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It's a New Day in Public Health.

The Florida Department of Health works to protect, promote & improve the health of all people in Florida through integrated state, county, & community efforts.

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Rodent Control

Environmental Health Program

  •  407-858-1497


    407-228-1467 or 407-228-1468

    Mailing Address

    1001 Executive Center Drive, Suite 200 

    Orlando, FL 32803 


Our office provides educational materials and recommends control measures to homeowners who have rodent infestations in their homes and on their property.

The most common rodent pests around Florida homes are:

  • House Mouse
  • Roof Rat
  • Sewer Rat

Rats and mice carry some very serious diseases including:

  • Hantavirus
  • Leptospirosis
  • Plague
  • Rat Bite Fever
  • Salmonella
  • Typhus

The most important signs of rodent infestation are:

  • Gnawing marks on wood, plastic, metal, pipes, and foodstuffs
  • Droppings and urine stains in feeding areas
  • Dark grease stains from the rat's fur on pipes wires, shelves, and around entrance holes where rats run
  • Tail and footprint marks in dust debris; and nesting sites.

Rodent Control Methods

odent Control Methods To control rodents around your home:

  • Make sure doors & windows fit tightly and are screened.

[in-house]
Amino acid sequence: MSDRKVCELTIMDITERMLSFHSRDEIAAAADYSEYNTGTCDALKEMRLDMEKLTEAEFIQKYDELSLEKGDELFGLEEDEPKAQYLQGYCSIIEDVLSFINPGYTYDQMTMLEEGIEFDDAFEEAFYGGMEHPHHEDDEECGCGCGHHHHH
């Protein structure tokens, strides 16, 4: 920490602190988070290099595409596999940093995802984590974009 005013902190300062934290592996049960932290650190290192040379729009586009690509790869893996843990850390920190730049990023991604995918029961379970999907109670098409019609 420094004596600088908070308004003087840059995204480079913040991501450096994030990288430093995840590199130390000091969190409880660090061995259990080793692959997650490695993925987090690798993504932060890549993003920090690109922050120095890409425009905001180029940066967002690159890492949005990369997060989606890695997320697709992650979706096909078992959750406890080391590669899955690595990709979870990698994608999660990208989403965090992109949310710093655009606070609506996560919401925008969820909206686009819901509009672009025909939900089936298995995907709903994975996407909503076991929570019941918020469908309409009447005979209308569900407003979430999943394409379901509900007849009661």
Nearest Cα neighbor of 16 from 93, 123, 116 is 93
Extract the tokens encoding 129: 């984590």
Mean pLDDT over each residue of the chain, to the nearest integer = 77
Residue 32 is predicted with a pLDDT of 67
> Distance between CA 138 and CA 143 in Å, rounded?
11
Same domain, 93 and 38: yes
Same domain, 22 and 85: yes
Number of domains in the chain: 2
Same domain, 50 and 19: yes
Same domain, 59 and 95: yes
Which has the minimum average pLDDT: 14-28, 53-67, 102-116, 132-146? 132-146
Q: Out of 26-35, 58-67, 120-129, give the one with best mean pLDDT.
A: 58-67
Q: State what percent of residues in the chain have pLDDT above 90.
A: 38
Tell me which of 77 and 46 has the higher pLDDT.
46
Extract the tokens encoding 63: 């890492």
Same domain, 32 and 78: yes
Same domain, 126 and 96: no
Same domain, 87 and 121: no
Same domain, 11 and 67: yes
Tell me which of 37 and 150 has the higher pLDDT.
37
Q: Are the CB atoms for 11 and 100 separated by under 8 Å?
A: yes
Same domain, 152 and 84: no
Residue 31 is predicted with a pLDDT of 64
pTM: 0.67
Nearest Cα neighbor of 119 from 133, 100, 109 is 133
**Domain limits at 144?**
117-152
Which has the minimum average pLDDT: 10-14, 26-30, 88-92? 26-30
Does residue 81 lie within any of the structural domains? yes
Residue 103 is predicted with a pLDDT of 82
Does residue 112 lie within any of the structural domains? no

• Close other holes through walls with heavy gauge steel wool, galvanized metal, or steel mesh or hardware cloth.
  • Tightly seal openings around pipes & wires where they can get into your home.
  • Cut grass, brush, and thick bushes within 100 feet of your home.
  • Get rid of trash, abandoned vehicles, discarded appliances & junk. 
  • Store lumber & firewood in neat stacks at least 12 inches off the ground and as far from the house as possible.
  • Keep garbage in tightly covered metal or heavy plastic containers.
  • Store pet foods and grains in galvanized trash cans with tight fitting lids.
  • Don't leave food for pets out overnight - feed only what they will eat within a few minutes.
  • Use baits & poisons carefully and only after all other control methods have been used.
  • Consult a licensed exterminator for assistance.
  • Spring loaded traps and bait stations can be used if properly baited and placed (check daily). 
  • Spread mothballs around to deter rodents.
  • Promptly dispose of dead rodents.
  • Additional information on rodent control is available at the Florida Health Rodent web page.
  • Remember, for survival, rodents need: food, water, shelter and warmth. Don't provide it!


Rodents are characterized by two continuously growing teeth in the upper and lower jaws which must be kept short by gnawing. The most common rodents found in Florida are house mouse, roof rats and sewer rats.

House Mouse

The House Mouse is shorter, about half the size of a typical rat and has more delicate features. They have soft gray or brown fur and a white under belly and are known for their dark whiskers. Their average body length is about 3-4 inches. Their tails are thin and scaly and run about the length of their bodies between 3-4 inches.